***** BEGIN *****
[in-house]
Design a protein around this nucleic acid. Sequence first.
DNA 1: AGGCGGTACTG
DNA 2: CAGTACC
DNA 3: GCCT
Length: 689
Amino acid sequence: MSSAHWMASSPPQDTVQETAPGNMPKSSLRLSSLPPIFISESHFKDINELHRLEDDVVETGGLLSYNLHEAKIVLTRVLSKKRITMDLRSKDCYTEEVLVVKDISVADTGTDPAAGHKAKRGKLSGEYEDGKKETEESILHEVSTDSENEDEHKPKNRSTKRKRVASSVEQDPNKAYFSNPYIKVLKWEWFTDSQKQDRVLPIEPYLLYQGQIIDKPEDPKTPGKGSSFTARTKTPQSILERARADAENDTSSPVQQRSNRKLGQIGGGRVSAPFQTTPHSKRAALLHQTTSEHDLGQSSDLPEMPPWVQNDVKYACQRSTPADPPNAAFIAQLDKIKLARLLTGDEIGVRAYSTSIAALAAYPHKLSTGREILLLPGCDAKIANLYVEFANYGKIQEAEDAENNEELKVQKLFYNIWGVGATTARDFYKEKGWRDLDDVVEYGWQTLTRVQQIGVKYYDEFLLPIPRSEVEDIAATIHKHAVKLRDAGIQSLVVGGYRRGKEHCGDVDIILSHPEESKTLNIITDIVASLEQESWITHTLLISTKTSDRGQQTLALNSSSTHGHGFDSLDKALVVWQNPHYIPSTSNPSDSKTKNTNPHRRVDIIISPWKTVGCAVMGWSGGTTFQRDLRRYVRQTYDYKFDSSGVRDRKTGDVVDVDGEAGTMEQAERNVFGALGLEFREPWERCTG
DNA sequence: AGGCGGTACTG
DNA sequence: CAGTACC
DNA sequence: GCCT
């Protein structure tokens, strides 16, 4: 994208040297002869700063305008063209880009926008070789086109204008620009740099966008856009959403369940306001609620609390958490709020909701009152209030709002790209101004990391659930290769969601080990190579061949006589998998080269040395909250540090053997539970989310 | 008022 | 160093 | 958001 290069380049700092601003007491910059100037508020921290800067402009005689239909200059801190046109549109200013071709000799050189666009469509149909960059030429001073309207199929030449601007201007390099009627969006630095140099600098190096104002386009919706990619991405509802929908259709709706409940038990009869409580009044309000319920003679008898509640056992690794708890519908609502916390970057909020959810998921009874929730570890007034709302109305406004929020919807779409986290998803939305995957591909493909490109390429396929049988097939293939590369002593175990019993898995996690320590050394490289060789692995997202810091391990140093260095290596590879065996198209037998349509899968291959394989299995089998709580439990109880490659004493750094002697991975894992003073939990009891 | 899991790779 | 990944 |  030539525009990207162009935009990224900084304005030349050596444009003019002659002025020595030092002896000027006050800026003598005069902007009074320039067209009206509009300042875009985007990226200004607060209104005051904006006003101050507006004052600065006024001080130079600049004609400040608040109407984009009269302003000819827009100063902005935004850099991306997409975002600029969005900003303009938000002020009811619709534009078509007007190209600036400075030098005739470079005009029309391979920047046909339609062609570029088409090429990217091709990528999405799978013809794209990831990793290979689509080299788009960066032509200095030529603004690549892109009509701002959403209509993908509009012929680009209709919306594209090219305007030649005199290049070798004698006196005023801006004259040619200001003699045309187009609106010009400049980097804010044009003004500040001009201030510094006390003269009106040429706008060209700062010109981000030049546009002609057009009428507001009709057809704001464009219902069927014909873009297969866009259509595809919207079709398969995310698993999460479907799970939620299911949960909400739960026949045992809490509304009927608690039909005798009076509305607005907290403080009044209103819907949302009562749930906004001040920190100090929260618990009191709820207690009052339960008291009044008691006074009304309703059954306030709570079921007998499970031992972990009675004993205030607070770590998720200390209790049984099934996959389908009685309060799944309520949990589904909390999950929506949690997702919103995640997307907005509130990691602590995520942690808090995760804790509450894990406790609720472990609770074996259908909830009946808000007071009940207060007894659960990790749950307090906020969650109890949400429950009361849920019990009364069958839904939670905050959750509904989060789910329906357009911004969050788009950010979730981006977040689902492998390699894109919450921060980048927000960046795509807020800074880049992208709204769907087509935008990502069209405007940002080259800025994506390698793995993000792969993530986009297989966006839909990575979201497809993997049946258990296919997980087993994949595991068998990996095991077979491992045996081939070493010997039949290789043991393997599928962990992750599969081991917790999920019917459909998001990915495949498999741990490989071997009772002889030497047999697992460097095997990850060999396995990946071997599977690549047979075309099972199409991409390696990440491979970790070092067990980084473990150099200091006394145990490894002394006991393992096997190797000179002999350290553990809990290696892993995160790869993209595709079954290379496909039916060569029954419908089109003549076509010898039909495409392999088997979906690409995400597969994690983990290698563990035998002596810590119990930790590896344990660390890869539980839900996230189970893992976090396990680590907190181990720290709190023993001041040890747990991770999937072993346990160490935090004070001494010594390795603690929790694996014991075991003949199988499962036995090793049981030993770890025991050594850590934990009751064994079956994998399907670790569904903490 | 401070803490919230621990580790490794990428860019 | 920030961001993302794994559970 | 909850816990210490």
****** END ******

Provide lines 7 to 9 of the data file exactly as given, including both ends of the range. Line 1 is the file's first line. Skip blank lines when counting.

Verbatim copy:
Amino acid sequence: MSSAHWMASSPPQDTVQETAPGNMPKSSLRLSSLPPIFISESHFKDINELHRLEDDVVETGGLLSYNLHEAKIVLTRVLSKKRITMDLRSKDCYTEEVLVVKDISVADTGTDPAAGHKAKRGKLSGEYEDGKKETEESILHEVSTDSENEDEHKPKNRSTKRKRVASSVEQDPNKAYFSNPYIKVLKWEWFTDSQKQDRVLPIEPYLLYQGQIIDKPEDPKTPGKGSSFTARTKTPQSILERARADAENDTSSPVQQRSNRKLGQIGGGRVSAPFQTTPHSKRAALLHQTTSEHDLGQSSDLPEMPPWVQNDVKYACQRSTPADPPNAAFIAQLDKIKLARLLTGDEIGVRAYSTSIAALAAYPHKLSTGREILLLPGCDAKIANLYVEFANYGKIQEAEDAENNEELKVQKLFYNIWGVGATTARDFYKEKGWRDLDDVVEYGWQTLTRVQQIGVKYYDEFLLPIPRSEVEDIAATIHKHAVKLRDAGIQSLVVGGYRRGKEHCGDVDIILSHPEESKTLNIITDIVASLEQESWITHTLLISTKTSDRGQQTLALNSSSTHGHGFDSLDKALVVWQNPHYIPSTSNPSDSKTKNTNPHRRVDIIISPWKTVGCAVMGWSGGTTFQRDLRRYVRQTYDYKFDSSGVRDRKTGDVVDVDGEAGTMEQAERNVFGALGLEFREPWERCTG
DNA sequence: AGGCGGTACTG
DNA sequence: CAGTACC